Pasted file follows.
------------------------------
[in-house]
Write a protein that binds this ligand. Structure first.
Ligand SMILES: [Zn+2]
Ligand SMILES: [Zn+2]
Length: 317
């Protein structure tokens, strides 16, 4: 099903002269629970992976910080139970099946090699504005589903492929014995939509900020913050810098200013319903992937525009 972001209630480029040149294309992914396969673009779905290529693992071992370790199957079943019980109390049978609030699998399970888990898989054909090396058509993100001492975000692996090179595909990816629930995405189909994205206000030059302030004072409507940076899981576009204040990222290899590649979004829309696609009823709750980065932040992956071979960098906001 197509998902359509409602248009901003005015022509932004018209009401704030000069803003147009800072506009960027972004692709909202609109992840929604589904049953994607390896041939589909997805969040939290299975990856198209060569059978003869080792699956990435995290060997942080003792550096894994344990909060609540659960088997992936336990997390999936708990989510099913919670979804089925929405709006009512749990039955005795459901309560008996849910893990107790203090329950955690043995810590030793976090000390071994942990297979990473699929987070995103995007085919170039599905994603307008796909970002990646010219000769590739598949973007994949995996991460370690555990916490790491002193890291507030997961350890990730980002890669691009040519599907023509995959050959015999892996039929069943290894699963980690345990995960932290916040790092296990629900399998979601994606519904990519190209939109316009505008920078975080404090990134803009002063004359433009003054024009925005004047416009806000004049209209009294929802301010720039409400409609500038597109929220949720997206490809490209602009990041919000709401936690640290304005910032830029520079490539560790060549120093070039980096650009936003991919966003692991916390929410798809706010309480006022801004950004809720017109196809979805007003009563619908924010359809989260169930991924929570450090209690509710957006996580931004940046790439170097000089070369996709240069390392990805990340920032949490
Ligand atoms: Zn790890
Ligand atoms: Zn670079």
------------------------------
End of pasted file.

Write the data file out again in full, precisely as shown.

[in-house]
Write a protein that binds this ligand. Structure first.
Ligand SMILES: [Zn+2]
Ligand SMILES: [Zn+2]
Length: 317
């Protein structure tokens, strides 16, 4: 099903002269629970992976910080139970099946090699504005589903492929014995939509900020913050810098200013319903992937525009 972001209630480029040149294309992914396969673009779905290529693992071992370790199957079943019980109390049978609030699998399970888990898989054909090396058509993100001492975000692996090179595909990816629930995405189909994205206000030059302030004072409507940076899981576009204040990222290899590649979004829309696609009823709750980065932040992956071979960098906001 197509998902359509409602248009901003005015022509932004018209009401704030000069803003147009800072506009960027972004692709909202609109992840929604589904049953994607390896041939589909997805969040939290299975990856198209060569059978003869080792699956990435995290060997942080003792550096894994344990909060609540659960088997992936336990997390999936708990989510099913919670979804089925929405709006009512749990039955005795459901309560008996849910893990107790203090329950955690043995810590030793976090000390071994942990297979990473699929987070995103995007085919170039599905994603307008796909970002990646010219000769590739598949973007994949995996991460370690555990916490790491002193890291507030997961350890990730980002890669691009040519599907023509995959050959015999892996039929069943290894699963980690345990995960932290916040790092296990629900399998979601994606519904990519190209939109316009505008920078975080404090990134803009002063004359433009003054024009925005004047416009806000004049209209009294929802301010720039409400409609500038597109929220949720997206490809490209602009990041919000709401936690640290304005910032830029520079490539560790060549120093070039980096650009936003991919966003692991916390929410798809706010309480006022801004950004809720017109196809979805007003009563619908924010359809989260169930991924929570450090209690509710957006996580931004940046790439170097000089070369996709240069390392990805990340920032949490
Ligand atoms: Zn790890
Ligand atoms: Zn670079």